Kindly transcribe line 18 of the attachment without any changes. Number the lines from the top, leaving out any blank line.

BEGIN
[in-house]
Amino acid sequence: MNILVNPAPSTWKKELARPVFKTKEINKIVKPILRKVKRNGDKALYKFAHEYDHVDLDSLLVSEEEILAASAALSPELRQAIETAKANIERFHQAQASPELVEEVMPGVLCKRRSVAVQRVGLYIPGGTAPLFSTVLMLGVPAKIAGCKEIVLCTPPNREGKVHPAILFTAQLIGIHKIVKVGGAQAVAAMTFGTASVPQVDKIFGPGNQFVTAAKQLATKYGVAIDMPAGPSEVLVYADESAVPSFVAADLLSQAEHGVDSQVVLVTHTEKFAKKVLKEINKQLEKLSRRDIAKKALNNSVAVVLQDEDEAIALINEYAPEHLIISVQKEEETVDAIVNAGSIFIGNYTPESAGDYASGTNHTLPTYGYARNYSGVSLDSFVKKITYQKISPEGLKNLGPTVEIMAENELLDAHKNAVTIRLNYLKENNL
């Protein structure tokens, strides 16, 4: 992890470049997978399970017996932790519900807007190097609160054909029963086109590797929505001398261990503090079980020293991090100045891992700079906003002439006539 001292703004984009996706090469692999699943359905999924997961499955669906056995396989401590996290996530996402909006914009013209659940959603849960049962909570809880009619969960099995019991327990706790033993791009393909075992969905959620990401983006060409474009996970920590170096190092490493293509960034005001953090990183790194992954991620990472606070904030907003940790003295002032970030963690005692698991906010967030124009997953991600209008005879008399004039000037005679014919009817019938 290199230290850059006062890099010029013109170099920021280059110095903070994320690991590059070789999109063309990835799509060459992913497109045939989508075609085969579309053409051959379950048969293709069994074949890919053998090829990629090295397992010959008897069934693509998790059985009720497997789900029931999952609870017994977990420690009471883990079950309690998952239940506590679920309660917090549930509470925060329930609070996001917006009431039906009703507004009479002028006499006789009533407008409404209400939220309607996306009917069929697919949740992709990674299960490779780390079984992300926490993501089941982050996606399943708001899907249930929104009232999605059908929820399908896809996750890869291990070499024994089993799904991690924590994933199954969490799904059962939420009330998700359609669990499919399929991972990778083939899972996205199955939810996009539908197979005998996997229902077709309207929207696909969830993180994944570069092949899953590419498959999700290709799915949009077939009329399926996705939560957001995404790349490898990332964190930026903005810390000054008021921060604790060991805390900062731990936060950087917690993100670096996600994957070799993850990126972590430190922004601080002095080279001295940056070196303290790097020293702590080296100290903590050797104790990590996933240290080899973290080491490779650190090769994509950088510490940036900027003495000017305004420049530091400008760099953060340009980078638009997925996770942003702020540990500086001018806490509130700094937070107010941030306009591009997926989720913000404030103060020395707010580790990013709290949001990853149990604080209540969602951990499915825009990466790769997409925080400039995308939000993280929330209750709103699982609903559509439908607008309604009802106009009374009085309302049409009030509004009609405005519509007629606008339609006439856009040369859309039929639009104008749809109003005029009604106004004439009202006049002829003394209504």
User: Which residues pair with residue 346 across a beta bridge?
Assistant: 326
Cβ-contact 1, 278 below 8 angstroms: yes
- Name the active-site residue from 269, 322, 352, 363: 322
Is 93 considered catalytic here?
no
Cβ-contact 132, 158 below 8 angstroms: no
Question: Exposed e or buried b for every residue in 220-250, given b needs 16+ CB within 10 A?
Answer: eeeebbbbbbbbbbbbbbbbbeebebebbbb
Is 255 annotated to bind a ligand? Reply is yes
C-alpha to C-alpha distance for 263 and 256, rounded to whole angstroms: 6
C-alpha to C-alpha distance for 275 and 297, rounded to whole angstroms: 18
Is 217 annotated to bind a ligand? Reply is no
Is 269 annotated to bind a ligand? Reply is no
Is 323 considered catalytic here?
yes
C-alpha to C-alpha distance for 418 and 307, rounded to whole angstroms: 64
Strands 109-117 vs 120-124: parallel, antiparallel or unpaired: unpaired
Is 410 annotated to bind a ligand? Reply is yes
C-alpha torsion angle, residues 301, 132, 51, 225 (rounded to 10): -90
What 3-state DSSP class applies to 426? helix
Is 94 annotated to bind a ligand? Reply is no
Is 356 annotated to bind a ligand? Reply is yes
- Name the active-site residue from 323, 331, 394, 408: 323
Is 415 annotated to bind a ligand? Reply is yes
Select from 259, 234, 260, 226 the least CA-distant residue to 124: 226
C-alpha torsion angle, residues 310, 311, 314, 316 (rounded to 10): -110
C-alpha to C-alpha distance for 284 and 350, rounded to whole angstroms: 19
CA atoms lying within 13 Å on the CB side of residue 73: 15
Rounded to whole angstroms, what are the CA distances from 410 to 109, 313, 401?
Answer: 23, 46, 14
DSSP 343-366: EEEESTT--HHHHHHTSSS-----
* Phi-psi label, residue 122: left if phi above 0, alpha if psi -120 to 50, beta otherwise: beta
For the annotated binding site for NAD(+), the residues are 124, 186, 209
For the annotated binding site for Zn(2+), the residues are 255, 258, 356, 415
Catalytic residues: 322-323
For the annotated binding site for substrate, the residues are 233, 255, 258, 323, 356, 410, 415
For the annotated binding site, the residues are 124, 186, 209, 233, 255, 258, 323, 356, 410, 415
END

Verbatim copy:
Is 323 considered catalytic here?